British Columbia

B.C. polygamists Winston Blackmore and James Oler sentenced to house arrest

A B.C. Supreme Court judge has sentenced Winston Blackmore to six months of house arrest and James Oler to three months of house arrest for practising polygamy

Blackmore found to have taken 2 dozen wives, Oler found to have married 5 women

Winston Blackmore, left, and James Oler were each charged with one count of polygamy, accused of marrying multiple times. (Jeff McIntosh/Canadian Press)

A B.C. Supreme Court judge has sentenced Winston Blackmore to six months of house arrest and James Oler to three months of house arrest for practising polygamy.

Justice Sherry Anne Donegan handed down the sentence in Cranbrook Tuesday morning. 

Blackmore will be under house arrest in his Bountiful area home, with allowances to go to work and attend to medical emergencies, while Oler will be able to serve his time where he works and lives in Alberta.

Both sentences will be followed by 12 months probation.

Blackmore has also been ordered to perform 150 hours of community work service, while Oler must do 75 hours. 

Blackmore, religious leader of the polygamous community of Bountiful, near Creston, B.C., shares a laugh with six of his daughters and some of his grand children in April, 2008. (Jonathan Hayward/Canadian Press)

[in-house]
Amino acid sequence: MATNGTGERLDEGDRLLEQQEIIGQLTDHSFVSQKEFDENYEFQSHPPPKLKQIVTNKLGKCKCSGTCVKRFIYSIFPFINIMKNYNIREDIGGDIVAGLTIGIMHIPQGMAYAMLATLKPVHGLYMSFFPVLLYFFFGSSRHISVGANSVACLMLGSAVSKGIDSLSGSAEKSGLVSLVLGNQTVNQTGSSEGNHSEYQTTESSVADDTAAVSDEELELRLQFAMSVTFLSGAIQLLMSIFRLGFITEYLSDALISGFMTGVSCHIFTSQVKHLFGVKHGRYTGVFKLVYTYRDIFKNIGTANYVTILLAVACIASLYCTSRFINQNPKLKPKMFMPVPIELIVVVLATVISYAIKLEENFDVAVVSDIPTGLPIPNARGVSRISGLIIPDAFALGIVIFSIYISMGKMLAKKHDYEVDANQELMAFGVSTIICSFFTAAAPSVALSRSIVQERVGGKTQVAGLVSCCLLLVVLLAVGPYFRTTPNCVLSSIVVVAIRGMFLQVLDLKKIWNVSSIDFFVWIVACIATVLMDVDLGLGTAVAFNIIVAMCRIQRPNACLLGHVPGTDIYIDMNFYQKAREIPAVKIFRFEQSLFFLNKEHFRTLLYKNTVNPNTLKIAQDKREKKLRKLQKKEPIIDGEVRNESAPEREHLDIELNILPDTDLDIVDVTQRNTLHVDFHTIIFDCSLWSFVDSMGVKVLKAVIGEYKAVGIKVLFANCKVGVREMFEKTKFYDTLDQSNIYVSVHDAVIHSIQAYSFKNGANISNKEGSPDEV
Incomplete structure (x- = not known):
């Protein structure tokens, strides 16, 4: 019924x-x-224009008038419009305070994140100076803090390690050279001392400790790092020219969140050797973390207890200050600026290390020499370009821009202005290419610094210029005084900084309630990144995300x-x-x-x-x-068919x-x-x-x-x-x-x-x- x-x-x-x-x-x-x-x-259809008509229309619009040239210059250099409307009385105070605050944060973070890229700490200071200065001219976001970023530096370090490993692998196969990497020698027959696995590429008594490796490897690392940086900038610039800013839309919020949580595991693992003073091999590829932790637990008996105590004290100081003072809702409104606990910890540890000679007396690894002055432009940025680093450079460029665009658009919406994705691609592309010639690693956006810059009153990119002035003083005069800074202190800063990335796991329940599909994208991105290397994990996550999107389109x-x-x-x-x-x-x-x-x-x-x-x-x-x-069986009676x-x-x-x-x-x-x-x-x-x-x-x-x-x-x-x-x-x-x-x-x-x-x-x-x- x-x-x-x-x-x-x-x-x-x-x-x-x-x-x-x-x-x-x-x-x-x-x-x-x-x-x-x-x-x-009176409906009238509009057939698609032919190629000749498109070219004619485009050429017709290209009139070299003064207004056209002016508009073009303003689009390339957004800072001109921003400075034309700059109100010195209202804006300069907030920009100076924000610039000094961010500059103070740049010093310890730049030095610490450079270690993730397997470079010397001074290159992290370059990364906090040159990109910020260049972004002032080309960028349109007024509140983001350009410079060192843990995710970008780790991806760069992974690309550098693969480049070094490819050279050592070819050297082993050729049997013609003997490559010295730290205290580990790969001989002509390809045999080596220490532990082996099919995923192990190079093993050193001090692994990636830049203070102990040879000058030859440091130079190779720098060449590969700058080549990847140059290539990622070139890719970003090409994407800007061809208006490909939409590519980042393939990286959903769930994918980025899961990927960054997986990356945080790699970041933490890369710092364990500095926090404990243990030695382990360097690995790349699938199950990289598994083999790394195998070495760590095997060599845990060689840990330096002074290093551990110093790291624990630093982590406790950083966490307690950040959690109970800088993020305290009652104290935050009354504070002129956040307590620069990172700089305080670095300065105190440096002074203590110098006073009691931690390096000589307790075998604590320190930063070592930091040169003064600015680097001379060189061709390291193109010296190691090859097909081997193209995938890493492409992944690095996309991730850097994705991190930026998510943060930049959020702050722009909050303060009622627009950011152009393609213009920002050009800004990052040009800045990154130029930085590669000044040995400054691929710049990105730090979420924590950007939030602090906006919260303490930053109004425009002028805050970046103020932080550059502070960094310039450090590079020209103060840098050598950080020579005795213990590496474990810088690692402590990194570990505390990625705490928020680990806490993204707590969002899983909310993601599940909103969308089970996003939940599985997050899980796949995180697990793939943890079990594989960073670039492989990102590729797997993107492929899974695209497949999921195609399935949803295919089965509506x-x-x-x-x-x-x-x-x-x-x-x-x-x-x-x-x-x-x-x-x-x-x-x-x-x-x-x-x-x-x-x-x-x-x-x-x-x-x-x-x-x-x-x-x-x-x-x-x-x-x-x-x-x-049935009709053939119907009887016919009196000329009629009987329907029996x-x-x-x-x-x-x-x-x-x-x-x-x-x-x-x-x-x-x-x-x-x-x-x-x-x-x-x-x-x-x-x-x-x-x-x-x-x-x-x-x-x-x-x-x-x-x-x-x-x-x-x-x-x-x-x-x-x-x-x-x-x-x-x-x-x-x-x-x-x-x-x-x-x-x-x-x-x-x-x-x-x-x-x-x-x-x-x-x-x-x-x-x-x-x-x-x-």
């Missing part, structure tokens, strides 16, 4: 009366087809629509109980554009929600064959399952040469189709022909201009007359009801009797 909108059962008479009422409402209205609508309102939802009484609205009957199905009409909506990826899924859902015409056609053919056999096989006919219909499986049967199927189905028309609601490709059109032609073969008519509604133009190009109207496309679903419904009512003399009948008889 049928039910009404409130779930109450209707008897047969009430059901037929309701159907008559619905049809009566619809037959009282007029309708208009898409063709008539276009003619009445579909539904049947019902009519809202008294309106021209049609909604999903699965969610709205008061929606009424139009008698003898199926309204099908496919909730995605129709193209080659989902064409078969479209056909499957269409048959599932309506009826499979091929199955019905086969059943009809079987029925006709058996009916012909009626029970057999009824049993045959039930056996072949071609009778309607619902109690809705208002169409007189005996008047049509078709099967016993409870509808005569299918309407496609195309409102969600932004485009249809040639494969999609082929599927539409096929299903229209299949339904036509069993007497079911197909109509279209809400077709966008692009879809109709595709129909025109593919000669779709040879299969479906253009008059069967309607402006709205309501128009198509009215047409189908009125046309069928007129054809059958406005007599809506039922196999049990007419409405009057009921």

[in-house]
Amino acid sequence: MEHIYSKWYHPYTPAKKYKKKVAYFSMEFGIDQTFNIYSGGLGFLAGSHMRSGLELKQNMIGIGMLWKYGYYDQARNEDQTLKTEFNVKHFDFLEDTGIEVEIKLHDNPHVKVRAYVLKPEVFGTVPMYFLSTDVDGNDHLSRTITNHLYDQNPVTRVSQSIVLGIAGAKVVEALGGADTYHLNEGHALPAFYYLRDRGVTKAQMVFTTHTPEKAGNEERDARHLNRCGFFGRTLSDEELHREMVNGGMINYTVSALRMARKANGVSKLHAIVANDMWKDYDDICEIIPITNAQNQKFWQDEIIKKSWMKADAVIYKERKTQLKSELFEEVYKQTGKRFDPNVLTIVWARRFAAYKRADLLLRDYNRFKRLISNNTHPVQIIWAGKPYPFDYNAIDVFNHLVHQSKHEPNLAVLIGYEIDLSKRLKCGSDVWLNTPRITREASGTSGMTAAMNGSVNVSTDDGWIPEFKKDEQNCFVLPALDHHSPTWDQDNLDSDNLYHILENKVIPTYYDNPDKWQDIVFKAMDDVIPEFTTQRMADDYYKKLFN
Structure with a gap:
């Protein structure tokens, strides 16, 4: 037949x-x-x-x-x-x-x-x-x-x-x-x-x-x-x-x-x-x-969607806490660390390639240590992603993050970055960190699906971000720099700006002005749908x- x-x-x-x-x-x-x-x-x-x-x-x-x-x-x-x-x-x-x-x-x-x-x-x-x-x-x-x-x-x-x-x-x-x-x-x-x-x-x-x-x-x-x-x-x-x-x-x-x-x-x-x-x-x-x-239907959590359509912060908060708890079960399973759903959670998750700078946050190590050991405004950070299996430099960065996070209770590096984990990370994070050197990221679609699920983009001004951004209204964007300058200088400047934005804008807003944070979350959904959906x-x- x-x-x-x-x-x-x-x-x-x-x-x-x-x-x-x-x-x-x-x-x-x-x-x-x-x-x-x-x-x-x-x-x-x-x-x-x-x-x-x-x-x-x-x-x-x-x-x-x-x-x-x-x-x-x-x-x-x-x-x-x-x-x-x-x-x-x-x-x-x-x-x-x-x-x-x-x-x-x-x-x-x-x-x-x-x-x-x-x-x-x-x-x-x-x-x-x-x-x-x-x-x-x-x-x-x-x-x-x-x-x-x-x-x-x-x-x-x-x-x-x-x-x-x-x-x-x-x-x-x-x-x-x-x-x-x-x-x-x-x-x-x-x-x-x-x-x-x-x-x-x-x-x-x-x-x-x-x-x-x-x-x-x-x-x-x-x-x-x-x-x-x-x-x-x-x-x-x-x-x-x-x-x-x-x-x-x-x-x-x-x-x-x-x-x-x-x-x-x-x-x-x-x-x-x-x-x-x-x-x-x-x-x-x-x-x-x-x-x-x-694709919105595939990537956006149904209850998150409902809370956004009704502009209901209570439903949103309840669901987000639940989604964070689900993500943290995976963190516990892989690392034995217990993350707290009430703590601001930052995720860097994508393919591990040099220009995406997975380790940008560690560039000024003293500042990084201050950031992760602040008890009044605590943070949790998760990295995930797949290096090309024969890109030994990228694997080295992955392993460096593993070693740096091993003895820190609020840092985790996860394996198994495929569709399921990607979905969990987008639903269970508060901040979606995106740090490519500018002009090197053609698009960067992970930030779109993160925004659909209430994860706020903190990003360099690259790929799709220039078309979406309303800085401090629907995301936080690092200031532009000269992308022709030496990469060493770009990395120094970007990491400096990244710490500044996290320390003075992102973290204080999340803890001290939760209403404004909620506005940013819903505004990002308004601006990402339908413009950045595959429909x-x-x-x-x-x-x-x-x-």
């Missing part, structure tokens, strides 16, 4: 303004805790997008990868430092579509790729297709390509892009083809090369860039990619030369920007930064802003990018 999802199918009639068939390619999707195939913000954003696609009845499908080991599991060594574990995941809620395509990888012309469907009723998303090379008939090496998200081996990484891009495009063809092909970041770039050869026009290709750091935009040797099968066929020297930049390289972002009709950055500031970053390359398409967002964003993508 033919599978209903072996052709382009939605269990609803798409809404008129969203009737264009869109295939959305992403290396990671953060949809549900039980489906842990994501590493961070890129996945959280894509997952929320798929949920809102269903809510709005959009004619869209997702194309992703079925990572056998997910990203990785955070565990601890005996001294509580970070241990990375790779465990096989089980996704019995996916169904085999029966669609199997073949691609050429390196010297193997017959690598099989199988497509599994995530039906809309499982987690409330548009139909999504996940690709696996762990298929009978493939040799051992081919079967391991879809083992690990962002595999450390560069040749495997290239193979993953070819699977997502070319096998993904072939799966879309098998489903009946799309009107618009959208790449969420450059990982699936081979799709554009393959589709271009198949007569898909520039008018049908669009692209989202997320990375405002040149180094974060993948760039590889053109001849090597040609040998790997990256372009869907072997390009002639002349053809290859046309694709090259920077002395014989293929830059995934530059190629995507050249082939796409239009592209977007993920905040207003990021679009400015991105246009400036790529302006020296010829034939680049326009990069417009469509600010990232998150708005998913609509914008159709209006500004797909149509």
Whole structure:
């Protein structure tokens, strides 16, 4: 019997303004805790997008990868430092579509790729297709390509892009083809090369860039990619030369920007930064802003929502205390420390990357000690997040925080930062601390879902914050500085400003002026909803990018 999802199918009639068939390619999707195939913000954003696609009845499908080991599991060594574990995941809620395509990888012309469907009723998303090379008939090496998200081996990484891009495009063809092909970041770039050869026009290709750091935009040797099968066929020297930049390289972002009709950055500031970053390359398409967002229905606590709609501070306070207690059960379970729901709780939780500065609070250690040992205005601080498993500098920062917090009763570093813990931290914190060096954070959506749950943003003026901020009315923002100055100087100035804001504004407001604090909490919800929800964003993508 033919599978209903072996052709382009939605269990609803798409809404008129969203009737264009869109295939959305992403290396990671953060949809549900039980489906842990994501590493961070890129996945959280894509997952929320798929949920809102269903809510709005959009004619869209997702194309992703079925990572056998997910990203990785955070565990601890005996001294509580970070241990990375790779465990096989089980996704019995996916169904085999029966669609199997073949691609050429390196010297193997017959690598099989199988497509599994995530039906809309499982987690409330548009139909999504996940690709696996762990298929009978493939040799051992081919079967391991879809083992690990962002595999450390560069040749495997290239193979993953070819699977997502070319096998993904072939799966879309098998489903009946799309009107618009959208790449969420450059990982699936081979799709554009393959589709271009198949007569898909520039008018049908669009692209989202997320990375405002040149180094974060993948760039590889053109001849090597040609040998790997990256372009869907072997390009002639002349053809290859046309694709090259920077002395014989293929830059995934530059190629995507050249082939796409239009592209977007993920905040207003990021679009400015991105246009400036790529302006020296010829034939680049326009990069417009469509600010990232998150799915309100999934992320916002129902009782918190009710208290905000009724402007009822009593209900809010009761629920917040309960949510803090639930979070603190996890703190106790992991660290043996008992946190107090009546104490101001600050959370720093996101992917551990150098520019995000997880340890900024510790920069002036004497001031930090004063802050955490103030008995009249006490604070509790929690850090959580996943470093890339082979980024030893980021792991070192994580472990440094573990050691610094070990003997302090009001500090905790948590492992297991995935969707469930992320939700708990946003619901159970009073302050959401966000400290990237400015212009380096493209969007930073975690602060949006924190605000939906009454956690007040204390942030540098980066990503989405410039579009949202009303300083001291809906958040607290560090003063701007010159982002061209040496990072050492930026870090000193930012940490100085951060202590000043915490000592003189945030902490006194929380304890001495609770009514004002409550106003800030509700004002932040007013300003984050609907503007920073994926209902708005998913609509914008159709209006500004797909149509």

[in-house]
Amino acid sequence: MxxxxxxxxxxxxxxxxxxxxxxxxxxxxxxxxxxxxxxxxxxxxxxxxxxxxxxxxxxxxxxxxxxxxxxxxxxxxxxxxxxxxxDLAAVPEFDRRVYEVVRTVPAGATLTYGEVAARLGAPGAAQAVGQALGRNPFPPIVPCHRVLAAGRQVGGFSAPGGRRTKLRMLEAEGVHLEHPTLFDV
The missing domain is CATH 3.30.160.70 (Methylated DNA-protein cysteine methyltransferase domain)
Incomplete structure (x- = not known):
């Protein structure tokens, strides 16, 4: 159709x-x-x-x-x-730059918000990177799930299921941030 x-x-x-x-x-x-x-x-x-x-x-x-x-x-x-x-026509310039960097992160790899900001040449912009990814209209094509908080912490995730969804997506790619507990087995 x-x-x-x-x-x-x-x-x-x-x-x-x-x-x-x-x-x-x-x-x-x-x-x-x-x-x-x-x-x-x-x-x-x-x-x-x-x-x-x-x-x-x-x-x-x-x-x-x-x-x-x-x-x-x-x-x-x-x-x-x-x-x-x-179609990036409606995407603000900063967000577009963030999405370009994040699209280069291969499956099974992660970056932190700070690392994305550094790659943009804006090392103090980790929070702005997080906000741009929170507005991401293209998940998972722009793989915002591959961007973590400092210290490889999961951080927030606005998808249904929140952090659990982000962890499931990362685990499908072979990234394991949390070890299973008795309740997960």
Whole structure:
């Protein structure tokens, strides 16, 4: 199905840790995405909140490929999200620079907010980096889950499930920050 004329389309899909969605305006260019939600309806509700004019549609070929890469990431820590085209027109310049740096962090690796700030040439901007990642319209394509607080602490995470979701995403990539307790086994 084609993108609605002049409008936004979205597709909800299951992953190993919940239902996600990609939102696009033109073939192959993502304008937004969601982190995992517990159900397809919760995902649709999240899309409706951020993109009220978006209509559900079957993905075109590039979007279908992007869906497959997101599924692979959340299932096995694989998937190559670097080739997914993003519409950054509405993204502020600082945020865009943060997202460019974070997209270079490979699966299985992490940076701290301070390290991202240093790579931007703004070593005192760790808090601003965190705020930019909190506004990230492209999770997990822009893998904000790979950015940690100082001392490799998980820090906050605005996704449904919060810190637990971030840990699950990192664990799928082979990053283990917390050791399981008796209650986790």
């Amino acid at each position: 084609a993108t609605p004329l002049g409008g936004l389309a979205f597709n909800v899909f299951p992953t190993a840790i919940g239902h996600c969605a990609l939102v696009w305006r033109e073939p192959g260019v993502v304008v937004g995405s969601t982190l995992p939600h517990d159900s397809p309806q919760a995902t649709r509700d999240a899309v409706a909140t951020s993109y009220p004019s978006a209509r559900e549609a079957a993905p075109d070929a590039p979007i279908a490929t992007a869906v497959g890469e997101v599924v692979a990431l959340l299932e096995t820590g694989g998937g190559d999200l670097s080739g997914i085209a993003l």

As she handed down her decision, the judge noted both men were hard working, respected members of their communities with no prior convictions. 

These convictions are a first for polygamy in Canada in more than a century.

Special prosecutor Peter Wilson recommended three to six months in jail for Blackmore, 60, and one to three months for James Oler, 53.

The two former religious leaders were convicted last July of practising plural or "celestial" marriage in the community of Bountiful, B.C.

Blackmore's lawyer had asked the judge to consider all possible sentences, including an absolute discharge for his client.

Blackmore was found to have taken two dozen wives, while Oler was found to have married five women.

Oler did not have legal representation in court, but a lawyer who acted as a so-called friend of the court to ensure a fair trial said Oler is hard working and imprisonment may not be necessary to deter and denounce polygamy.

There are only two other convictions for polygamy in Canadian history, but because those cases took place in 1899 and 1906, Wilson told the judge they didn't set a precedent in determining sentences for the men.

With files from The Canadian Press